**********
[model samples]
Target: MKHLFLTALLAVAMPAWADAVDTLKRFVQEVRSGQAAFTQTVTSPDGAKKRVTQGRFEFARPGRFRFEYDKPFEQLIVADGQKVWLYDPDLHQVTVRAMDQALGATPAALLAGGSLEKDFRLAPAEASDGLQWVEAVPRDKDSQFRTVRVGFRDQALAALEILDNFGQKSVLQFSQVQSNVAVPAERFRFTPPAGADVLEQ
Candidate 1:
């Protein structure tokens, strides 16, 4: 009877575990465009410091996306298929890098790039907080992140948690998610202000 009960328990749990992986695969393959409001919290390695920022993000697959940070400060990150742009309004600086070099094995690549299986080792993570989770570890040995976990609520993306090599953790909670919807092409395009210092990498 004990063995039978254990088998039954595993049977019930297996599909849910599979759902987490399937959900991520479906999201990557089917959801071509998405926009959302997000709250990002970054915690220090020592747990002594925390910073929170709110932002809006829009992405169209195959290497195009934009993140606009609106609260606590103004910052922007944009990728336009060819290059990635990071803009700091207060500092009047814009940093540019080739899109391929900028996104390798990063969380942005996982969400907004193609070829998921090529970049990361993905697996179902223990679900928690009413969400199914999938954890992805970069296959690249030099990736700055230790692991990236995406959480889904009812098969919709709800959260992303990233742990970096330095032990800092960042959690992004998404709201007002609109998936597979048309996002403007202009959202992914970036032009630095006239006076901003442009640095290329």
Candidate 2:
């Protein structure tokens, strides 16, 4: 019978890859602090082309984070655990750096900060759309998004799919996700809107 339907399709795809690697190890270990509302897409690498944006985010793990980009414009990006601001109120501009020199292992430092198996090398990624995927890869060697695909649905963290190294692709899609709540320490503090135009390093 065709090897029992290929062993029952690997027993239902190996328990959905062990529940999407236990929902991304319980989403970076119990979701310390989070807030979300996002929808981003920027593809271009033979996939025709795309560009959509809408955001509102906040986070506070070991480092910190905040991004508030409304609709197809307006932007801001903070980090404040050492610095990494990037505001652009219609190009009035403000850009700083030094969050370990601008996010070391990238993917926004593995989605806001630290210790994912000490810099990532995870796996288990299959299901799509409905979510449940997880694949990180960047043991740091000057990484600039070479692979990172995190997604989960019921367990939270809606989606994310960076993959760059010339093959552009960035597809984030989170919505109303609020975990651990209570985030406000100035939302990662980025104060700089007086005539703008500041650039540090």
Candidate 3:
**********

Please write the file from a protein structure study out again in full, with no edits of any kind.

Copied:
[model samples]
Target: MKHLFLTALLAVAMPAWADAVDTLKRFVQEVRSGQAAFTQTVTSPDGAKKRVTQGRFEFARPGRFRFEYDKPFEQLIVADGQKVWLYDPDLHQVTVRAMDQALGATPAALLAGGSLEKDFRLAPAEASDGLQWVEAVPRDKDSQFRTVRVGFRDQALAALEILDNFGQKSVLQFSQVQSNVAVPAERFRFTPPAGADVLEQ
Candidate 1:
């Protein structure tokens, strides 16, 4: 009877575990465009410091996306298929890098790039907080992140948690998610202000 009960328990749990992986695969393959409001919290390695920022993000697959940070400060990150742009309004600086070099094995690549299986080792993570989770570890040995976990609520993306090599953790909670919807092409395009210092990498 004990063995039978254990088998039954595993049977019930297996599909849910599979759902987490399937959900991520479906999201990557089917959801071509998405926009959302997000709250990002970054915690220090020592747990002594925390910073929170709110932002809006829009992405169209195959290497195009934009993140606009609106609260606590103004910052922007944009990728336009060819290059990635990071803009700091207060500092009047814009940093540019080739899109391929900028996104390798990063969380942005996982969400907004193609070829998921090529970049990361993905697996179902223990679900928690009413969400199914999938954890992805970069296959690249030099990736700055230790692991990236995406959480889904009812098969919709709800959260992303990233742990970096330095032990800092960042959690992004998404709201007002609109998936597979048309996002403007202009959202992914970036032009630095006239006076901003442009640095290329």
Candidate 2:
């Protein structure tokens, strides 16, 4: 019978890859602090082309984070655990750096900060759309998004799919996700809107 339907399709795809690697190890270990509302897409690498944006985010793990980009414009990006601001109120501009020199292992430092198996090398990624995927890869060697695909649905963290190294692709899609709540320490503090135009390093 065709090897029992290929062993029952690997027993239902190996328990959905062990529940999407236990929902991304319980989403970076119990979701310390989070807030979300996002929808981003920027593809271009033979996939025709795309560009959509809408955001509102906040986070506070070991480092910190905040991004508030409304609709197809307006932007801001903070980090404040050492610095990494990037505001652009219609190009009035403000850009700083030094969050370990601008996010070391990238993917926004593995989605806001630290210790994912000490810099990532995870796996288990299959299901799509409905979510449940997880694949990180960047043991740091000057990484600039070479692979990172995190997604989960019921367990939270809606989606994310960076993959760059010339093959552009960035597809984030989170919505109303609020975990651990209570985030406000100035939302990662980025104060700089007086005539703008500041650039540090």
Candidate 3: